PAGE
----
Struggling Nuclear Industry Wants A Boost In Trump’s Infrastructure Package

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Tim Pearce Energy Reporter
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The nuclear industry is lobbying for a slice of President Donald Trump’s next big legislative initiative that’s expected to reform energy regulations and support grid development, The Washington Examiner reports.

Trump’s infrastructure bill, a massive $1 trillion investment in the U.S. highway system, energy grid and other public structures, is expected to launch early in 2018. Nuclear energy advocates are taking steps to seize a portion of that funding after a year of major setbacks in the industry.

“If we are going to take steps to invest in infrastructure, electricity and nuclear in particular should be on the agenda,” Nuclear Energy Institute’s vice president of policy, John Kotek, told The Washington Examiner. “It’s our view that the electric grid is really among our most important national infrastructures, and nuclear in our view plays a really significant, but undervalued, role in assuring the resiliency, reliability of the grid.”

The nuclear industry suffered a blow in July when a project to build two more efficient, modern reactors in South Carolina folded. The project was weighed down by years of delays and cost overruns and led to the bankruptcy of lead contractor Westinghouse Electric.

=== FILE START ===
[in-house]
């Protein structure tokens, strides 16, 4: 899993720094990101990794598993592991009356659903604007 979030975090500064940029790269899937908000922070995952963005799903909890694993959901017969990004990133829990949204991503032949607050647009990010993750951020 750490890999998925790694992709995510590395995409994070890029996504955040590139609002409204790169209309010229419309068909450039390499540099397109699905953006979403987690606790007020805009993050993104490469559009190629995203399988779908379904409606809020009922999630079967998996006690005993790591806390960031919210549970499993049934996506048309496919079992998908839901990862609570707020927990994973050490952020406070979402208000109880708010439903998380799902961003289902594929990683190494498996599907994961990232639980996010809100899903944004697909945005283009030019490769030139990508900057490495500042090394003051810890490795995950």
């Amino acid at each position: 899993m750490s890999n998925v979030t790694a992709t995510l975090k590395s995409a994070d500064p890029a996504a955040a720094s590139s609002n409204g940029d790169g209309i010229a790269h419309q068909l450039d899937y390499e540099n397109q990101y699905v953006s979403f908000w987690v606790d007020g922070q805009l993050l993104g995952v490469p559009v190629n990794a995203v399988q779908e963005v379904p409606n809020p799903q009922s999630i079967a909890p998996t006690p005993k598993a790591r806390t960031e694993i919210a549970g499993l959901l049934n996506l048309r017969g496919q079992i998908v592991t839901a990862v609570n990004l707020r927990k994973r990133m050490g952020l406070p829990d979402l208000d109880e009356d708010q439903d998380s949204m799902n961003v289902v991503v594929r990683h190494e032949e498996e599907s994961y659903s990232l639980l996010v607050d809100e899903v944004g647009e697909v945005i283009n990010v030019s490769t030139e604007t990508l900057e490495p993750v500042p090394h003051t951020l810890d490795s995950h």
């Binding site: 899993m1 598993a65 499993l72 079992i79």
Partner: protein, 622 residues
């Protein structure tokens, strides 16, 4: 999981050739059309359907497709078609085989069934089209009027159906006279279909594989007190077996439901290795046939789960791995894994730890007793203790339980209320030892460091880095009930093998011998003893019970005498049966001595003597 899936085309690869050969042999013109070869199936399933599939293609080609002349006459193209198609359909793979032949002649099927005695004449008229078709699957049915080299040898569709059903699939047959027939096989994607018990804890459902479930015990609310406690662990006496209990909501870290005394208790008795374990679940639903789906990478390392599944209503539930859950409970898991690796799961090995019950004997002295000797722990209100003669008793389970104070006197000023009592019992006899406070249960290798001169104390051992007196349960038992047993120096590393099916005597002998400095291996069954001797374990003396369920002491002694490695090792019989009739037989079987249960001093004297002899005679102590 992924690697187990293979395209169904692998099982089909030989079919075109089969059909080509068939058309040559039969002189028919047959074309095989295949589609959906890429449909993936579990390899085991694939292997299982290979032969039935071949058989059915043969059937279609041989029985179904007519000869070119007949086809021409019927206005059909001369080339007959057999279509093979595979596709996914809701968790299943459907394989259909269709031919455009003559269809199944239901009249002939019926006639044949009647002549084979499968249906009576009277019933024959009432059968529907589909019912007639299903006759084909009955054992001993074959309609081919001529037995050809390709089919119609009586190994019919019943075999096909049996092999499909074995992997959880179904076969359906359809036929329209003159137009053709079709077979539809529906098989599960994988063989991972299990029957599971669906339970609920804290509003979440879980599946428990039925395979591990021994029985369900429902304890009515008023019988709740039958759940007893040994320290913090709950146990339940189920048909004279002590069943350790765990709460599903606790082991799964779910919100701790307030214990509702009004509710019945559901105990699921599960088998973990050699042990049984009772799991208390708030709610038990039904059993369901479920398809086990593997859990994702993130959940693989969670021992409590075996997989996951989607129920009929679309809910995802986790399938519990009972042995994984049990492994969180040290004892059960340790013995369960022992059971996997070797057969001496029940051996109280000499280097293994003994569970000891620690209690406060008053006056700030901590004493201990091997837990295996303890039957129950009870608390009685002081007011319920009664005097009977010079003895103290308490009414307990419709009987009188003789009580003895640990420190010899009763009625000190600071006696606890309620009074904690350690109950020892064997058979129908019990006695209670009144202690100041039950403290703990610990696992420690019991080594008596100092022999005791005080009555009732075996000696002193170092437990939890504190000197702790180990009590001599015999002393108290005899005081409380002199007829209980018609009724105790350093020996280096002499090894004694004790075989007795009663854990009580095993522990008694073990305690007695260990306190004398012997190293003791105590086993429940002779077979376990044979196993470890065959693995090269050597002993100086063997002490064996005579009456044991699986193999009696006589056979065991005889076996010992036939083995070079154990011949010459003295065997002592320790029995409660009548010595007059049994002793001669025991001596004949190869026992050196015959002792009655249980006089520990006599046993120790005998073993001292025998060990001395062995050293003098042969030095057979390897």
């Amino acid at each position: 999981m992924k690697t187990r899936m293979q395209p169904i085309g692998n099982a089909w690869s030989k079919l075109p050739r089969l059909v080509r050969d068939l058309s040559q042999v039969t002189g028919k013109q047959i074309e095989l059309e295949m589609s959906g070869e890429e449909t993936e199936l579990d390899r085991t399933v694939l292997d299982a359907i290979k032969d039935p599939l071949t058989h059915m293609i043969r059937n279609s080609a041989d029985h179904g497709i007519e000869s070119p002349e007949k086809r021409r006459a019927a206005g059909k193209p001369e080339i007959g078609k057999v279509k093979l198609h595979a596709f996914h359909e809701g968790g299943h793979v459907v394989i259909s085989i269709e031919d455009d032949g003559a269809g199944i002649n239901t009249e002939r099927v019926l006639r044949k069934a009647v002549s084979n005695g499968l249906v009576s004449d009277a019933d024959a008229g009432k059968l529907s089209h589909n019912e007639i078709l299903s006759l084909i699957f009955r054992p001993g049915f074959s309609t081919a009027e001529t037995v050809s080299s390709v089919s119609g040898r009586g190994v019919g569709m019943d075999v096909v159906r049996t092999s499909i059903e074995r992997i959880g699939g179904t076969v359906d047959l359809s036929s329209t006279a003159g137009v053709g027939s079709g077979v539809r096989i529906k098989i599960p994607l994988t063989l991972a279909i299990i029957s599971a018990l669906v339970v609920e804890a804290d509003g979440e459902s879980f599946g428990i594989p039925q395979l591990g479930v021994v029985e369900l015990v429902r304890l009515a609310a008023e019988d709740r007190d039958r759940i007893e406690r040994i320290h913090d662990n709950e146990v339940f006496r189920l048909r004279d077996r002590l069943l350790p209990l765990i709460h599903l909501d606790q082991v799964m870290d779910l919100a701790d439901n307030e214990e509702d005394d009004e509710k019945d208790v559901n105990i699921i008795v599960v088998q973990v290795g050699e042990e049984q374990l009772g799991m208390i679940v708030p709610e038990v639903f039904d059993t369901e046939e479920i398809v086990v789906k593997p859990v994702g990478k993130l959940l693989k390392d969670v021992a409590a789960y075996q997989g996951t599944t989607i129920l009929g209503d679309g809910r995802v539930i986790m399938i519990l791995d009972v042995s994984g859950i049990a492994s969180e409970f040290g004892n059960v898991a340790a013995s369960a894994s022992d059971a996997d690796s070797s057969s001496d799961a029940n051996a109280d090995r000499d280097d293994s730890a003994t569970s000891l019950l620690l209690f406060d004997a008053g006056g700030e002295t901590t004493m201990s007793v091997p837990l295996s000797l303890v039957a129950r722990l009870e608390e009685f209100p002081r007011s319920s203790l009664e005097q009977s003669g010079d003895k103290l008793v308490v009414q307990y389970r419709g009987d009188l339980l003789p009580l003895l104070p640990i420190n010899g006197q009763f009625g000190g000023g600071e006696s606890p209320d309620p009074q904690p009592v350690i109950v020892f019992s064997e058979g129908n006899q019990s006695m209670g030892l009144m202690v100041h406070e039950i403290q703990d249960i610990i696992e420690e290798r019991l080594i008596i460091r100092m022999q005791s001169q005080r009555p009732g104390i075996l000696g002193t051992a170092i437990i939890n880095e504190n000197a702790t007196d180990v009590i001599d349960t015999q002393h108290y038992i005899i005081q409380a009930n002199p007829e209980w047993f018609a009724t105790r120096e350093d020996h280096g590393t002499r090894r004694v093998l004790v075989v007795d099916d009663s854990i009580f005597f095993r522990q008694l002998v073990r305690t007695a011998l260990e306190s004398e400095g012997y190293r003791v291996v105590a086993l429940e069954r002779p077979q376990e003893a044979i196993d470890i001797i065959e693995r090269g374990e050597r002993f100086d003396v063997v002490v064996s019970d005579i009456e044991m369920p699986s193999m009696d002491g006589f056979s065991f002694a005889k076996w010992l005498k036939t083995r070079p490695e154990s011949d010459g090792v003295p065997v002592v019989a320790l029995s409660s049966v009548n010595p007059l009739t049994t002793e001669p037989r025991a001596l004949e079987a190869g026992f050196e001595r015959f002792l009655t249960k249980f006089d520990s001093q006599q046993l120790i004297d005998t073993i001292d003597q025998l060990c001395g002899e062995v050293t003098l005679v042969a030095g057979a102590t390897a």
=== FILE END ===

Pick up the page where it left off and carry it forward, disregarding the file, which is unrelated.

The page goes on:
“[The reactors’ failure] is another powerful signal of just how bleak the outlook for nuclear in the United States is, a result of a hollowed-out nuclear industry, cheap gas, falling renewable costs and inadequate policies to account for the climate change costs of carbon emissions,” Columbia University Center on Global Energy Policy Director Jason Bordoff told The Washington Post at the time. “Stronger climate policy as well as government support will be needed if we are to realize the much-heralded ‘nuclear renaissance.’”

A similar project in Georgia narrowly avoided a similar fate. Toshiba, which owns Westinghouse, agreed to speed up payments worth $3.2 billion to keep the only nuclear reactors under construction in the U.S. from failing.

The Georgia reactors have been plagued by the same problems that led to the South Carolina reactors’ demise; however, Georgia regulators still see gains from the project’s completion.

“I really want to finish this new nuclear plant — the only one of its kind in North America. It is important for baseload reliability, national security and climate goals,” Georgia Public Service Commissioner Tim Echols told Greentech Media in an email.

Other are skeptical that the modest gains from the reactors are worth the trillions of dollars pumped into the project. Critics say the reactors’ costly delays will eventually be felt by rate payers paying for more expensive electricity.

“There’s something wrong with a system that rewards this kind of failure,” Southern Environmental Law Center Senior Attorney Kurt Ebersbach told Greentech.


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